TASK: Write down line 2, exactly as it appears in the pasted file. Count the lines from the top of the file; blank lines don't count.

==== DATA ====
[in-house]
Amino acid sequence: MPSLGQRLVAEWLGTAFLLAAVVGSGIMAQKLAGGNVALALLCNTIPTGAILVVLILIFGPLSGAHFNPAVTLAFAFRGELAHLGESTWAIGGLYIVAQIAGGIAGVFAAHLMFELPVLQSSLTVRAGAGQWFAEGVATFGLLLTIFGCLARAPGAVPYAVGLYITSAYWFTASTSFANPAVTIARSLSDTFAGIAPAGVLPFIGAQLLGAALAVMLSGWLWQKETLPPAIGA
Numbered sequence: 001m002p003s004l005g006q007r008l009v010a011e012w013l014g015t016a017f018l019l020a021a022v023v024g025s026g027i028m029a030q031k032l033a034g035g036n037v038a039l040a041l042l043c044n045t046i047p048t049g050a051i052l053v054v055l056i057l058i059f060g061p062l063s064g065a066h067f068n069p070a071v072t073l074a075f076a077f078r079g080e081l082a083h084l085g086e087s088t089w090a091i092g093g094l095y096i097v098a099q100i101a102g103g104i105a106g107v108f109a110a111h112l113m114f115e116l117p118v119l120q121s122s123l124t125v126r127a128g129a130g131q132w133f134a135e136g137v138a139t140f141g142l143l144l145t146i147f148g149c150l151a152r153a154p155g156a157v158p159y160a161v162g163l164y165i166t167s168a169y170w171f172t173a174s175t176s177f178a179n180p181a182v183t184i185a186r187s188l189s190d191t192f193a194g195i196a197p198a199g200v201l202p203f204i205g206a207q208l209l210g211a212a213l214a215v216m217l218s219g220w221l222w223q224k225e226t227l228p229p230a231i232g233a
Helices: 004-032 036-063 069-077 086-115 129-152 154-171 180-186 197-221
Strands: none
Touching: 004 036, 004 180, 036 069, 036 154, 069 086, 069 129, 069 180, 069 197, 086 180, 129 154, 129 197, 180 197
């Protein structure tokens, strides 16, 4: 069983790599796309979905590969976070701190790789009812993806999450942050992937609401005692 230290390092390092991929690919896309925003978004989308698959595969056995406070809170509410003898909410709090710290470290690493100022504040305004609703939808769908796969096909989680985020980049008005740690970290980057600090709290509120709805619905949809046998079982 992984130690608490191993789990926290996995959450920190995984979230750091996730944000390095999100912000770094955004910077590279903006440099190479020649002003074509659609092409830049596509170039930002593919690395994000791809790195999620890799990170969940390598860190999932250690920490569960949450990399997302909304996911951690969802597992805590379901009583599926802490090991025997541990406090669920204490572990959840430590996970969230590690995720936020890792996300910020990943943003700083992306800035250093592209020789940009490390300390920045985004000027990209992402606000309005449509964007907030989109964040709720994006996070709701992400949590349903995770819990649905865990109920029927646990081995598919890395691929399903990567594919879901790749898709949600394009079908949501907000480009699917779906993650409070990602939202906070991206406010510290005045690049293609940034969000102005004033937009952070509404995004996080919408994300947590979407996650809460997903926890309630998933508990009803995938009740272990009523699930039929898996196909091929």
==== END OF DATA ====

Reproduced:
Amino acid sequence: MPSLGQRLVAEWLGTAFLLAAVVGSGIMAQKLAGGNVALALLCNTIPTGAILVVLILIFGPLSGAHFNPAVTLAFAFRGELAHLGESTWAIGGLYIVAQIAGGIAGVFAAHLMFELPVLQSSLTVRAGAGQWFAEGVATFGLLLTIFGCLARAPGAVPYAVGLYITSAYWFTASTSFANPAVTIARSLSDTFAGIAPAGVLPFIGAQLLGAALAVMLSGWLWQKETLPPAIGA